What It's Really Like To Travel As A Rape Survivor

Yes, women do face more dangers than men when we travel. But we also gain more strength from each journey into the unknown.
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I rarely have dreams about being raped anymore, that is until I announced on Facebook that I was going to India. Immediately, my inbox and my phone filled with stories about rape in India

According to Amnesty International, 2014 saw over 37,000 reported rapes in India, despite police actively deterring victims from reporting sexual violence.

Fear of sexual violence permeates women’s lives, regardless of whether we travel or stay home.

According to the Rape, Abuse & Incest National Network, one in every six American women has survived raped or attempted rape. Men can also be victims of sexual assault, yet nobody tells a man not to travel because he might get raped. 

As a rape survivor, it took me years of therapy to reclaim my freedom of movement. Darkness and solitude no longer make my skin crawl with icy vulnerability. I’ve traveled in Europe and the Middle East without nightmares or crippling anxiety. But the pre-India onslaught revived my dormant fears with the vengeance of a hungry ghost. 

Fresh nightmares curbed my enthusiasm for research and planning, even though it was my lifelong dream to backpack in India. My loved ones’ panic was partially fueled by prejudice. There was lots of talk about “barbaric” Indian men. But domestic travel also has its challenges for survivors. 

Even if the same risks are present back home, I felt a greater sense of danger from sexual harassment abroad. Travelers are often isolated by language, appearance, and culture. Especially for rape survivors, even slightly hostile interactions can provoke familiar fears.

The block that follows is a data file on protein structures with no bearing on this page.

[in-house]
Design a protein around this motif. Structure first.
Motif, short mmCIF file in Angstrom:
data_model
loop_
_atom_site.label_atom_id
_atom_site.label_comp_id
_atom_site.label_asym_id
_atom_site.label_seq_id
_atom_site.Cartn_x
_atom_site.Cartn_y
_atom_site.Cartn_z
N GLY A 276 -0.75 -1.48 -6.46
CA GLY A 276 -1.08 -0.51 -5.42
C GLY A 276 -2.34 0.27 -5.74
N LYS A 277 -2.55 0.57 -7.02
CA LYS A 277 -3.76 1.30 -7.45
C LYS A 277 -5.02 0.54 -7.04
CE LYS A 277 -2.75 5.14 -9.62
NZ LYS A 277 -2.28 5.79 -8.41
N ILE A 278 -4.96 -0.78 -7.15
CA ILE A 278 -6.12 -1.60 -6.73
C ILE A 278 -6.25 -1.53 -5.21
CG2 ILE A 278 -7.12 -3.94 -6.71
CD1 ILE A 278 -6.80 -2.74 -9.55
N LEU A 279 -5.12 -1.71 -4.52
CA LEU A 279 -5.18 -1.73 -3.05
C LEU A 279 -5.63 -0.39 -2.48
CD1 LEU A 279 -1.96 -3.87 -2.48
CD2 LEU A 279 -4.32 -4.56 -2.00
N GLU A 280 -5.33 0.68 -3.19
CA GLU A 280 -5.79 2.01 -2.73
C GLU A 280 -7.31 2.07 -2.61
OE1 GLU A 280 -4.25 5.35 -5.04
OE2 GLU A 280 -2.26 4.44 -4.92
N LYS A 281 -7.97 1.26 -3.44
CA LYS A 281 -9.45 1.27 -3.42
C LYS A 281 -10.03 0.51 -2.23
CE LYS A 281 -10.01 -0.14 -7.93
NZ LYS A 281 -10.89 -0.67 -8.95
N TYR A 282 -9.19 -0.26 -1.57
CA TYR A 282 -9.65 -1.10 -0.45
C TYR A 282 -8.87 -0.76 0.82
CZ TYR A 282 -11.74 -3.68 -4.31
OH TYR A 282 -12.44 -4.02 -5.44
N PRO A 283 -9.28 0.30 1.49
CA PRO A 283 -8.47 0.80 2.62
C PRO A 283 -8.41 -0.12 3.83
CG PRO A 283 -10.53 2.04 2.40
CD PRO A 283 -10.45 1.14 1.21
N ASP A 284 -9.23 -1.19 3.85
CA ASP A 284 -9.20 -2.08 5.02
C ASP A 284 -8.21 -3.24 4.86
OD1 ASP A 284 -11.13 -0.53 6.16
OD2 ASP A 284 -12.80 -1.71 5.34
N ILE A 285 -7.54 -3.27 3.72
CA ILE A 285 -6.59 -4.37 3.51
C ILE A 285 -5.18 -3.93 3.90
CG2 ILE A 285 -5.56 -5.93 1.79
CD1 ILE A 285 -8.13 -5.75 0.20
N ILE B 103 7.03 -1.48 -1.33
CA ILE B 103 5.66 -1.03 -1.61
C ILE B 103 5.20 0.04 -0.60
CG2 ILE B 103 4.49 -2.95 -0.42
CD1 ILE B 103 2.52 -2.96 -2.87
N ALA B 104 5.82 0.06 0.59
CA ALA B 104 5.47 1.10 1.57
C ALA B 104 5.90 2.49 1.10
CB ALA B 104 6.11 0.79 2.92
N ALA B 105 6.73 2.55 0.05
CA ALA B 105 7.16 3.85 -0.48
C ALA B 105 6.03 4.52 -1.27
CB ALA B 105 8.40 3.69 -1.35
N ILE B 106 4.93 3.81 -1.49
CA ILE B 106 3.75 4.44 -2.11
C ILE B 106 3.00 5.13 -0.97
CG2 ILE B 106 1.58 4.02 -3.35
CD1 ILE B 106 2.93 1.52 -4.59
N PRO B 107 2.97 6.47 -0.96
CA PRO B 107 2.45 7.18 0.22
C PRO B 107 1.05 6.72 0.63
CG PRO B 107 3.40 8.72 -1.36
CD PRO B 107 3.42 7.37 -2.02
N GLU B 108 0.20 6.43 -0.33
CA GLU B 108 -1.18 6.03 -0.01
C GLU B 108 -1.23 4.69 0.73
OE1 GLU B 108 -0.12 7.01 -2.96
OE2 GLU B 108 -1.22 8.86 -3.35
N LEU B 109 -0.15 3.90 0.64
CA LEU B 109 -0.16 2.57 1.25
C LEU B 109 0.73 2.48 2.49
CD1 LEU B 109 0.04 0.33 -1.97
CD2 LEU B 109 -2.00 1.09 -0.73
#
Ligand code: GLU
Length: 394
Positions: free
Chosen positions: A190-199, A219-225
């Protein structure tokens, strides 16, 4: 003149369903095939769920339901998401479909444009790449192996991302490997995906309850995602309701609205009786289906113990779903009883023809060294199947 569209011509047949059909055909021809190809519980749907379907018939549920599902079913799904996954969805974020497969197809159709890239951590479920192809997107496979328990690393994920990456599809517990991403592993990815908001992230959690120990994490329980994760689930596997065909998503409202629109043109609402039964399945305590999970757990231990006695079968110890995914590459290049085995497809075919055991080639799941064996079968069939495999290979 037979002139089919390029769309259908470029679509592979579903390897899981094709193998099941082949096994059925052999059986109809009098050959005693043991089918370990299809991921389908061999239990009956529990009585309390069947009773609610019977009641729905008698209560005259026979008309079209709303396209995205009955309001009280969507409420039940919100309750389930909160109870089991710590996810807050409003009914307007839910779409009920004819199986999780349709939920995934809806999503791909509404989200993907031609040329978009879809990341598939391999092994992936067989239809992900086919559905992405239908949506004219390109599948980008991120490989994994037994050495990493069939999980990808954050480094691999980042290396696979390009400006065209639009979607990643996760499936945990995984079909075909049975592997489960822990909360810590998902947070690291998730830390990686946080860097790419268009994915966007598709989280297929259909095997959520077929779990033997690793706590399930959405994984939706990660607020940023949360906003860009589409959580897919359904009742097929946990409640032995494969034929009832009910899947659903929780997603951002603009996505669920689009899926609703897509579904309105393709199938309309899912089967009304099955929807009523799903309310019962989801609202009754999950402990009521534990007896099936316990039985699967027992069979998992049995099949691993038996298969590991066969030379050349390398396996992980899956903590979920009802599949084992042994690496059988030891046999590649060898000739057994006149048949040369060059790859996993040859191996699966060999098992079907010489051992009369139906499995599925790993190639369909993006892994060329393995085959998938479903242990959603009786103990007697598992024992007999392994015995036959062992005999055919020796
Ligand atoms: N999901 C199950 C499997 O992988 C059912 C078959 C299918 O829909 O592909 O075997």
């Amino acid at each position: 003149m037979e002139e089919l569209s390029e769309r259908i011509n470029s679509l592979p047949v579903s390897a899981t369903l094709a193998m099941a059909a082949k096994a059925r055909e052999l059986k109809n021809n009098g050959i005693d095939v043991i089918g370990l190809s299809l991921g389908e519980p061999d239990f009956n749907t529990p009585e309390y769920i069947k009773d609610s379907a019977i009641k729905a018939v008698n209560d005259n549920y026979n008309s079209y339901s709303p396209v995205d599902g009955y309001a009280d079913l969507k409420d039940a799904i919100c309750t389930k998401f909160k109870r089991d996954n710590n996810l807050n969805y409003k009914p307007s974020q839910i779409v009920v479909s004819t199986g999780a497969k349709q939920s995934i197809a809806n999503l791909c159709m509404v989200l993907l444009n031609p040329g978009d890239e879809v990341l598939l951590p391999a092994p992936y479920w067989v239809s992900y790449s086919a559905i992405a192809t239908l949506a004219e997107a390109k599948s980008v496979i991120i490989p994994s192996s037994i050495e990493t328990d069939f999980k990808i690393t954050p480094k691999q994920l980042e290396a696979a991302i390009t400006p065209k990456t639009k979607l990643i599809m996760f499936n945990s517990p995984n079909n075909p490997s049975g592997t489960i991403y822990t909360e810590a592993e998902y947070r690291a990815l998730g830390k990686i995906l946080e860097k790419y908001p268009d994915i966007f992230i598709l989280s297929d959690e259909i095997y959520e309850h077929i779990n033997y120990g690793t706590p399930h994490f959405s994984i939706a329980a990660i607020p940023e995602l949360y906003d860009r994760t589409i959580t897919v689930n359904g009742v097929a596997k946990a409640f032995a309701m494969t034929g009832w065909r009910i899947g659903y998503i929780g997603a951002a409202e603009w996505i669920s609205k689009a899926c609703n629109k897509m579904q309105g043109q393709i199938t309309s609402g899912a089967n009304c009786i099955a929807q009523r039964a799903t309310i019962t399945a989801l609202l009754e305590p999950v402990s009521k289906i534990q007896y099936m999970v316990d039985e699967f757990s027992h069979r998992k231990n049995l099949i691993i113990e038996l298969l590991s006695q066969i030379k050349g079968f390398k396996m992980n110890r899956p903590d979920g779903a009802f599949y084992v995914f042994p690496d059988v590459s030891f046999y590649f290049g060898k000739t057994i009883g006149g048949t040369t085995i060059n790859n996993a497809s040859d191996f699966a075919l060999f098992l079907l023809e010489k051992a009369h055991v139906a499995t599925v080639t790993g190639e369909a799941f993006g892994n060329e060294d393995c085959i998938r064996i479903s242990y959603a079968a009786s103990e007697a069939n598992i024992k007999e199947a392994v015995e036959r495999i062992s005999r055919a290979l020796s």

Maria*, a 26-year-old from Arizona, told me listening to music and talking with friends helped her cope with anxiety during road trips in the U.S. Maria had experienced child abuse and several rapes by different men before she turned 18. Today, she still has panic attacks and night terrors, which can be challenging on the road. 

Maria and I are not unique. RAINN estimates 30% of female survivors still report PTSD symptoms nine months after the assault. The mental health effects of sexual violence are uniquely long-lasting. A psychology study of German trauma victims from World War II revealed that sexual violence produced higher levels of anxiety and PTSD symptoms, even decades later, than other types of wartime trauma. 

“I hadn't had any night terrors for a while, so I thought I was good,” Maria recounted from her trip to Florida. “I woke up, maybe two in the morning, screaming.” 

She eventually fell back asleep. But someone had already called the police. Maria woke up to police in her hotel room. Particularly for women of color, unexpected encounters with police can be terrifying. Although she wasn’t in danger that night, it still cost her pride to be questioned by police and have to explain her situation to a bunch of strangers.

Once I arrived in India, locals warned me about police corruption and advised me to be careful when seeking protection. That responsibility was mine alone.

I was sexually harassed in northern India every day, sometimes on an hourly basis. Men followed me, shouted at me, grabbed my arms and tried to pull me closer, even surrounded me and drew so close I could feel their hot breath on my face.

People acted as if my body was a stray dog without an owner.

Even if the same risks are present back home, I felt a greater sense of danger from sexual harassment abroad. Travelers are often isolated by language, appearance, and culture. Especially for rape survivors, even slightly hostile interactions can provoke familiar fears.